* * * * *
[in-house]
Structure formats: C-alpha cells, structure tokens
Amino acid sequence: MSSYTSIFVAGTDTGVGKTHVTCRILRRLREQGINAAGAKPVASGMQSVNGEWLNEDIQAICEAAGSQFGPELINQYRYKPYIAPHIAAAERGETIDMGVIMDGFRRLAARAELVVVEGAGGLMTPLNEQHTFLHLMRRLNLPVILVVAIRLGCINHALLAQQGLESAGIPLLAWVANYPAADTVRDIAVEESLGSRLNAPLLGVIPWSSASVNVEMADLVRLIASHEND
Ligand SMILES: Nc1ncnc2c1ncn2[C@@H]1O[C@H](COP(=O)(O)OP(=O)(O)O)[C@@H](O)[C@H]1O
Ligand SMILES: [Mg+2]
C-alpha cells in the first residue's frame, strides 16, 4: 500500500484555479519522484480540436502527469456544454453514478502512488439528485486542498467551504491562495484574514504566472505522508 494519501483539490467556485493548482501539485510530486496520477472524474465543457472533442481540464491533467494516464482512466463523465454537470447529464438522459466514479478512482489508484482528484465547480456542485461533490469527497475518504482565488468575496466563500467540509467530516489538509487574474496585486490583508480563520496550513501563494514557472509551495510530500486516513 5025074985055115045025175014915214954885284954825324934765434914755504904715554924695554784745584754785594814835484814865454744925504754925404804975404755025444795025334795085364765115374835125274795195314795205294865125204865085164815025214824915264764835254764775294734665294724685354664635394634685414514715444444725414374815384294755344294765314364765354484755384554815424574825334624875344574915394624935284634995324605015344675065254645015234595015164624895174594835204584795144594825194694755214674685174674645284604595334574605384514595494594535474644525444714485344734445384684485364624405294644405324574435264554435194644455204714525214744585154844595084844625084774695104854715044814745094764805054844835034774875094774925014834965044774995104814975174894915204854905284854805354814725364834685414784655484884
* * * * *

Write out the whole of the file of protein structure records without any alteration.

[in-house]
Structure formats: C-alpha cells, structure tokens
Amino acid sequence: MSSYTSIFVAGTDTGVGKTHVTCRILRRLREQGINAAGAKPVASGMQSVNGEWLNEDIQAICEAAGSQFGPELINQYRYKPYIAPHIAAAERGETIDMGVIMDGFRRLAARAELVVVEGAGGLMTPLNEQHTFLHLMRRLNLPVILVVAIRLGCINHALLAQQGLESAGIPLLAWVANYPAADTVRDIAVEESLGSRLNAPLLGVIPWSSASVNVEMADLVRLIASHEND
Ligand SMILES: Nc1ncnc2c1ncn2[C@@H]1O[C@H](COP(=O)(O)OP(=O)(O)O)[C@@H](O)[C@H]1O
Ligand SMILES: [Mg+2]
C-alpha cells in the first residue's frame, strides 16, 4: 500500500484555479519522484480540436502527469456544454453514478502512488439528485486542498467551504491562495484574514504566472505522508 494519501483539490467556485493548482501539485510530486496520477472524474465543457472533442481540464491533467494516464482512466463523465454537470447529464438522459466514479478512482489508484482528484465547480456542485461533490469527497475518504482565488468575496466563500467540509467530516489538509487574474496585486490583508480563520496550513501563494514557472509551495510530500486516513 5025074985055115045025175014915214954885284954825324934765434914755504904715554924695554784745584754785594814835484814865454744925504754925404804975404755025444795025334795085364765115374835125274795195314795205294865125204865085164815025214824915264764835254764775294734665294724685354664635394634685414514715444444725414374815384294755344294765314364765354484755384554815424574825334624875344574915394624935284634995324605015344675065254645015234595015164624895174594835204584795144594825194694755214674685174674645284604595334574605384514595494594535474644525444714485344734445384684485364624405294644405324574435264554435194644455204714525214744585154844595084844625084774695104854715044814745094764805054844835034774875094774925014834965044774995104814975174894915204854905284854805354814725364834685414784655484884